The Yamaguchi family, based out of Kobe, is the largest yakuza family in Japan, and one of the most powerful organized crime syndicates in the world. The family boasts about 39,000 members, makes billions of dollars every year, and has operations overseas. The Yamaguchi is a force to be reckoned with.
But more importantly, the Yamaguchi family has basically had a yakuza monopoly for the last few decades, gobbling up more territory and profits than any other yakuza family in Japan.
In one interview with online magazine The Rumpus, yakuza expert Jake Adelstein compares the Yamaguchi to the house that Walton built:
Adelstein: They basically have a monopoly. You can't have a price war with Walmart.
Rumpus: The Yamaguchi-gumi is the Walmart of the yakuza.
Adelstein: It is. It occupies so much turf now.
How did the Yamaguchi get to be the Walmart of the yakuza, driving out all of the small, mom-and-pop yakuza families? Low, rollback prices? Big box stores? Elderly greeters at the front of every yakuza business?
It's easy to imagine that the Yamaguchi became a monopoly through some dramatic chain of events that culminated in a massive shootout, but the Yamaguchi's rise to power was a lot less cinematic.
A lot of it comes down to adaptation.
For a lot of Japanese history, the yakuza were more or less openly tolerated. A lot of what the yakuza did was obviously illegal, but the groups themselves weren't necessarily outlawed.
Yakuza groups were sort of seen as just another part of society. Members used to carry their very own yakuza business cards and be friendly with police.
But in the last couple of decades, the Japanese have passed more and more laws that make it harder for yakuza families to operate the way they used to. Nowadays, yakuza bosses bear some legal responsibility for the crimes of their underlings, and restaurants like Pizza Hut even refuse yakuza service.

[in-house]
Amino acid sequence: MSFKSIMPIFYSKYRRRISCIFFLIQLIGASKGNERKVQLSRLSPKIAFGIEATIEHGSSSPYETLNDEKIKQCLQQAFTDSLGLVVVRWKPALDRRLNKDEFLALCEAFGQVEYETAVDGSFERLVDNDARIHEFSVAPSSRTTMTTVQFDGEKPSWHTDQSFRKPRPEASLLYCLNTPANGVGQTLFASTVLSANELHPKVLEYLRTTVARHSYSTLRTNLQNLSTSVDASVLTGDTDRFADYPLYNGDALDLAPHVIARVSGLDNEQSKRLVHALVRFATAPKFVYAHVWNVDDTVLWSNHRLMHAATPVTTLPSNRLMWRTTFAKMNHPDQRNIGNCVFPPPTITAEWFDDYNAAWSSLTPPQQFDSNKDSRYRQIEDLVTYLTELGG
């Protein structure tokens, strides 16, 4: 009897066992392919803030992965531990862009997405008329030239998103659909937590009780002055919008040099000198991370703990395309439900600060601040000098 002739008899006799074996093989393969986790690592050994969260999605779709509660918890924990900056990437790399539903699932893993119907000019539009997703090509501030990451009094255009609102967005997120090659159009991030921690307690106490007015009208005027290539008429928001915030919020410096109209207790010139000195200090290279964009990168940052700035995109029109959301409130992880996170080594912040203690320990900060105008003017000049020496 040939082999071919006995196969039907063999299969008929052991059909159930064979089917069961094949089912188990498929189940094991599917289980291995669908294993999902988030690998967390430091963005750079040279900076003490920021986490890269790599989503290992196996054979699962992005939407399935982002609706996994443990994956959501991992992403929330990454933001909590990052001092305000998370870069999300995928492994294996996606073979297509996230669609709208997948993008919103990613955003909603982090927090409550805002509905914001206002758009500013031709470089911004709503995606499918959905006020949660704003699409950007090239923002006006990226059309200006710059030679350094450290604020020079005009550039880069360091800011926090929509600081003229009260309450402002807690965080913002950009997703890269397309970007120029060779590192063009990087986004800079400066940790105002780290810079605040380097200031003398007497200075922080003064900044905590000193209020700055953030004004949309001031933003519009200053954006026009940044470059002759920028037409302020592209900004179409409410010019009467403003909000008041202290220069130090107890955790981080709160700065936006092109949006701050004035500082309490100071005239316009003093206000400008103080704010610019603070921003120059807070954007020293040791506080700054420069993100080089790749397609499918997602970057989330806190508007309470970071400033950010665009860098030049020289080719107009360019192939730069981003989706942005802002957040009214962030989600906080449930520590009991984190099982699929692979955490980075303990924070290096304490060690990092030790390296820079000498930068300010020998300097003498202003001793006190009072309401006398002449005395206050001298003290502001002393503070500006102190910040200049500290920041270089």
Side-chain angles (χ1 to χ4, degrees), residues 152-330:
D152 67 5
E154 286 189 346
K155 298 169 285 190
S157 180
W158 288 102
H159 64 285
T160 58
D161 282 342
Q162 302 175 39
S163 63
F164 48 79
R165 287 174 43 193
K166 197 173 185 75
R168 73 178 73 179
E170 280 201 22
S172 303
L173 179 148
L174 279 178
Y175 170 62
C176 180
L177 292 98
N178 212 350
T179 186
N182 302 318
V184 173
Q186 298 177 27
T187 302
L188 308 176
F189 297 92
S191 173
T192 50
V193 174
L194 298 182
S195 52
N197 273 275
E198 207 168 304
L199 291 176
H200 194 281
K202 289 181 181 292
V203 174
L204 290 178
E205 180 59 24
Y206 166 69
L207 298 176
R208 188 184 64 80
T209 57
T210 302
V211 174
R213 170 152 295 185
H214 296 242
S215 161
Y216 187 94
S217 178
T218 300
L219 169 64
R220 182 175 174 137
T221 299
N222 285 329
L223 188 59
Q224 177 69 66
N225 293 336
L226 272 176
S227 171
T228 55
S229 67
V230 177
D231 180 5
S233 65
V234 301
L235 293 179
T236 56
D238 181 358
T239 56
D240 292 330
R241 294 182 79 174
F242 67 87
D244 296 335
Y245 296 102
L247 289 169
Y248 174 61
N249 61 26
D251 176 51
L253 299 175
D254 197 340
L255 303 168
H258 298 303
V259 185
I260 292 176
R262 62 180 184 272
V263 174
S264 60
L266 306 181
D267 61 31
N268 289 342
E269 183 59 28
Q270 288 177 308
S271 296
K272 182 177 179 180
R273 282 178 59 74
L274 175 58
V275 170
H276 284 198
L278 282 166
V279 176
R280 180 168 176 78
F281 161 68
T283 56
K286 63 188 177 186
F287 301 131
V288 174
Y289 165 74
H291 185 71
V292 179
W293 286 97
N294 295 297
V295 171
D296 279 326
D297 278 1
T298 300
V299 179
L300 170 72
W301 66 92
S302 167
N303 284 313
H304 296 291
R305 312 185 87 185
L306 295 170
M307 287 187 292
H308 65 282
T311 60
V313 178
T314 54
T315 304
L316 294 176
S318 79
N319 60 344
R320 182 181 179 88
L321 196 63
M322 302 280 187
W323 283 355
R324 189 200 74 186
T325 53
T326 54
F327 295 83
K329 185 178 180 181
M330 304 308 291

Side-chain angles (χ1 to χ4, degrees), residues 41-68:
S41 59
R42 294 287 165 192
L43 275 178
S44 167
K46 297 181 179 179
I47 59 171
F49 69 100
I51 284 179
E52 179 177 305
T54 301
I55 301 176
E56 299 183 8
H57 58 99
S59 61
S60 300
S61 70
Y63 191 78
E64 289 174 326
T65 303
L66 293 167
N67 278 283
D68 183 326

So the Yamaguchi family, under the leadership of Yoshinori "Mr. Gorilla" Watanabe, adapted to these laws and toned down the stereotypical yakuza image.
You won't see a lot of the ornate, full-body tattoos that the yakuza are known for, and not many underlings are slicing their pinkies off, either.
And for a group of mobsters, the yakuza barely use guns. Because of Japan's strict gun laws, firing a gun at somebody violates so many laws that it's better to just forget about the whole thing.
The Yamaguchi and really, the yakuza as a whole, became more subdued and focused less on the tradition and pageantry that made them stand out, and more on the things that made them so incredibly rich and powerful.
The Future of the Yakuza
Even though the Yamaguchi has made it to the top of the yakuza ladder, it doesn't mean that they have it easy. Heavy is the head that wears the crown.
The Japanese government and foreign countries have continued to tighten the vice on the Yamaguchi and other yakuza groups. The #2 boss in the Yamaguchi was recently sentenced to six years in jail for extortion, and last year the US government froze all of the Yamaguchi's American assets.
But despite all of the hardships, there's no doubt that the Yamaguchi, and all yakuza groups in Japan, will continue to blackmail, extort, traffic, and generally terrorize Japan. It's hard to keep a good gangster down.